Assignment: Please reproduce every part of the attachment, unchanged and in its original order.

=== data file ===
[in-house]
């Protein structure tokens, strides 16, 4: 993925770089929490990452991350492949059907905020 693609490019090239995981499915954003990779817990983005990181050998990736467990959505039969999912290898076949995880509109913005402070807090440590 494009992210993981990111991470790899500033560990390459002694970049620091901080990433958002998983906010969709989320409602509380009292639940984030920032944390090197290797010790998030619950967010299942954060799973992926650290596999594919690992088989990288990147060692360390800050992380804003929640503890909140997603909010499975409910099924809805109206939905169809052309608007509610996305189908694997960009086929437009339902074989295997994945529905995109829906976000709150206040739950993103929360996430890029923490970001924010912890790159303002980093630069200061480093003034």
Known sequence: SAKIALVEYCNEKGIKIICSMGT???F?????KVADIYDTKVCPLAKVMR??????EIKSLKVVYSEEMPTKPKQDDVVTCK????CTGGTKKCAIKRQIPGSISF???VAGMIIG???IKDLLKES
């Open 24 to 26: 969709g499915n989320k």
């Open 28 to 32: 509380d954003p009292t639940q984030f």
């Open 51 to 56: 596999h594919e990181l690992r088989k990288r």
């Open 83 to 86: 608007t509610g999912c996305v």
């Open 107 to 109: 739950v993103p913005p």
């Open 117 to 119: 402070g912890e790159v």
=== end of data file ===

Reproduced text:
[in-house]
């Protein structure tokens, strides 16, 4: 993925770089929490990452991350492949059907905020 693609490019090239995981499915954003990779817990983005990181050998990736467990959505039969999912290898076949995880509109913005402070807090440590 494009992210993981990111991470790899500033560990390459002694970049620091901080990433958002998983906010969709989320409602509380009292639940984030920032944390090197290797010790998030619950967010299942954060799973992926650290596999594919690992088989990288990147060692360390800050992380804003929640503890909140997603909010499975409910099924809805109206939905169809052309608007509610996305189908694997960009086929437009339902074989295997994945529905995109829906976000709150206040739950993103929360996430890029923490970001924010912890790159303002980093630069200061480093003034």
Known sequence: SAKIALVEYCNEKGIKIICSMGT???F?????KVADIYDTKVCPLAKVMR??????EIKSLKVVYSEEMPTKPKQDDVVTCK????CTGGTKKCAIKRQIPGSISF???VAGMIIG???IKDLLKES
């Open 24 to 26: 969709g499915n989320k």
């Open 28 to 32: 509380d954003p009292t639940q984030f």
């Open 51 to 56: 596999h594919e990181l690992r088989k990288r």
């Open 83 to 86: 608007t509610g999912c996305v």
């Open 107 to 109: 739950v993103p913005p």
């Open 117 to 119: 402070g912890e790159v």